Deadweight Loss from the New California Gas Tax
By David Henderson
Starting in January, Californians will pay an added 10 cents or so per gallon of gasoline due to a new law that goes into effect next month. UC Berkeley economist Severin Borenstein writes:
Under California’s cap-and-trade program to reduce greenhouse gas emissions, after Jan. 1, wholesale gasoline distributors (mostly refiners) are going to be responsible for the emissions from their fuel. They will have to buy, and eventually turn over to the California Air Resources Board, one emissions allowance for every metric ton of greenhouse gases you emit when you burn the gasoline or diesel they sold you.
The calculation looks like this: When you buy one gallon of California gasoline, the seller will have to cover about 18 pounds of emissions. At the current price of allowances — about $12 per metric ton — that works out to about 10 cents per gallon of gas. So, in early January, the state’s cap-and-trade program will increase our gas prices by about a dime.
This is not literally a tax but it is a tax in all but name: we will pay more to generate revenue for the government.
Borenstein’s article is titled “Learning to love paying 10 cents more per gallon” and is in the Los Angeles Times. Before you dump on him for that title, though, be aware, as I have pointed out a number of times before, that authors of op/eds rarely get to choose their titles. I doubt Borenstein would have used this title. He can’t be so naive as to think that people will learn to love higher prices for gasoline.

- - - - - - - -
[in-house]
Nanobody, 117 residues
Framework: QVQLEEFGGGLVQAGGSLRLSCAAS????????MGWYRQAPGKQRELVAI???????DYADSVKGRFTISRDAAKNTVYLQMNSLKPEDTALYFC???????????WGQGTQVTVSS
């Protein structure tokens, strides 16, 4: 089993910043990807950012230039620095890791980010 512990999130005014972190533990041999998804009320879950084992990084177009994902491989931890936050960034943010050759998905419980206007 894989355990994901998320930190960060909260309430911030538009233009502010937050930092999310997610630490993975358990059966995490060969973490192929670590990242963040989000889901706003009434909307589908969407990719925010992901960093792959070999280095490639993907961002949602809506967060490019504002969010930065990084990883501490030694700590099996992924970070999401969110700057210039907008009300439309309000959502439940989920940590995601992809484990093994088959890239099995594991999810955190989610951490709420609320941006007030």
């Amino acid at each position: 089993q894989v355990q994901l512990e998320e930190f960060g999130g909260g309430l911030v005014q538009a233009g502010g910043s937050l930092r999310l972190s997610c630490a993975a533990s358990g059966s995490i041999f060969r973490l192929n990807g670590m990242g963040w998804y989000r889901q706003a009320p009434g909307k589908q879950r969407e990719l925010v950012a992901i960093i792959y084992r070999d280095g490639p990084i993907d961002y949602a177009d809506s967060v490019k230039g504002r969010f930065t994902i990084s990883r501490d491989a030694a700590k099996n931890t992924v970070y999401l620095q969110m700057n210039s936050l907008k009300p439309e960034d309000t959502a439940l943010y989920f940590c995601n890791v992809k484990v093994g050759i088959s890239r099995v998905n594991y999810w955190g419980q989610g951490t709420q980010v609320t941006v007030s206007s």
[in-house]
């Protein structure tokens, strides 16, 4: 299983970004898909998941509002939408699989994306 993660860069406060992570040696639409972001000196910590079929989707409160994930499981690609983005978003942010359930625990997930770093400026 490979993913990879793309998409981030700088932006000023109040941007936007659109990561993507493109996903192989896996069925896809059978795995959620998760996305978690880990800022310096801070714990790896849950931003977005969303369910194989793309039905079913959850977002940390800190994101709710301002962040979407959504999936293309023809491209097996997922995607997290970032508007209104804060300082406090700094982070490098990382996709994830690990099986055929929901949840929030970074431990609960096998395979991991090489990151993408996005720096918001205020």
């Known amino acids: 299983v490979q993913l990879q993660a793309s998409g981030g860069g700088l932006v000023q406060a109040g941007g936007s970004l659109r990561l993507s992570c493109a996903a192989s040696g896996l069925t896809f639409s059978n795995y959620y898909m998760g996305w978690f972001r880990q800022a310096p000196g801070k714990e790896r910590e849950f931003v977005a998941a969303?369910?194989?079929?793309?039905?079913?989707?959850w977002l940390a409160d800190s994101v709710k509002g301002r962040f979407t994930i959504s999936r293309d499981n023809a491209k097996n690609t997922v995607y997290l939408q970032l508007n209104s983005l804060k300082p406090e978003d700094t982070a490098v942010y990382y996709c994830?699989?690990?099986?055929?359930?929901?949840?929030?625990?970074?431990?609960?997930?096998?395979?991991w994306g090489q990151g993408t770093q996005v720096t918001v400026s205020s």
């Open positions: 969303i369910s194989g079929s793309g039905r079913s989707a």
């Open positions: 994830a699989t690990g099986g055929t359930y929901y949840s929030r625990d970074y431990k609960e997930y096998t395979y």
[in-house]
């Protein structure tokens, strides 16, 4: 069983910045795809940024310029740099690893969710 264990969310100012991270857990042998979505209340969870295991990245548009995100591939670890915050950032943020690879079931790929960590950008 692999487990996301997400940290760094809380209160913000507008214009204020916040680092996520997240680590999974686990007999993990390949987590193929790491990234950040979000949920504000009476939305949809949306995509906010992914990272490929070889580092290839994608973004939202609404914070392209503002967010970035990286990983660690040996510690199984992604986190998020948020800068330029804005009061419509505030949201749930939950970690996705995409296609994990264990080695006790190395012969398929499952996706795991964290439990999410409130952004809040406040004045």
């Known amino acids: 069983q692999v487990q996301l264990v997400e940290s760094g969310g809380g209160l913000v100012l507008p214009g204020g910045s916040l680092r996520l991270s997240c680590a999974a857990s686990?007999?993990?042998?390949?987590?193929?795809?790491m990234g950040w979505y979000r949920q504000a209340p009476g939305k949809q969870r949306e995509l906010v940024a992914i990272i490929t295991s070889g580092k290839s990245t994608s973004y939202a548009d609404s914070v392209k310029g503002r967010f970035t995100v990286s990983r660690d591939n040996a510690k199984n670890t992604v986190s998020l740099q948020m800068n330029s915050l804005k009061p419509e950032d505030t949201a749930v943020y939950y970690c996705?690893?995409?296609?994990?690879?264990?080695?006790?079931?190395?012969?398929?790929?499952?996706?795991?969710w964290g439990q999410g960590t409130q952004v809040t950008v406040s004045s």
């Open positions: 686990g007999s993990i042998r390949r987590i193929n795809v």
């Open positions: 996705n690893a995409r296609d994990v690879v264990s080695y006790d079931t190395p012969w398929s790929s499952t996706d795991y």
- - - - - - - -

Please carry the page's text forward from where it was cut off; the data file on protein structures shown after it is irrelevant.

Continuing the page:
He does, though, argue for them. His case is interesting. It’s twofold.
First, it’s about the uses the government will make of the revenue. He writes:
That money goes to the state when it sells emissions allowances to oil refiners and other fuel wholesalers — about $1.7 billion a year at current prices. The plan is to spend it on clean energy and sustainability programs, including building the proposed north-south bullet train, subsidies for buying low-emissions vehicles and help for low-income households to afford energy.
His second reason is signaling. Immediately after the paragraph above, he writes:
But just as important, by establishing a price for emissions, California sends a signal to the rest of the country and the world that we recognize the risk of climate change and are willing to take actions to address it.
For Borenstein, this signal has independent value.
Back to its uses, though. Borenstein doesn’t state that he likes the idea of spending the money on a north-south bullet train, but his starting the next sentence with “But just as important” suggests that he does. From everything I can tell, virtually all of the expenditure on that train will be deadweight loss. So rather than the usual, often small, triangle of deadweight loss that we draw for our students, the deadweight loss from this expenditure will be almost the whole rectangle. Can Borenstein really justify that expenditure?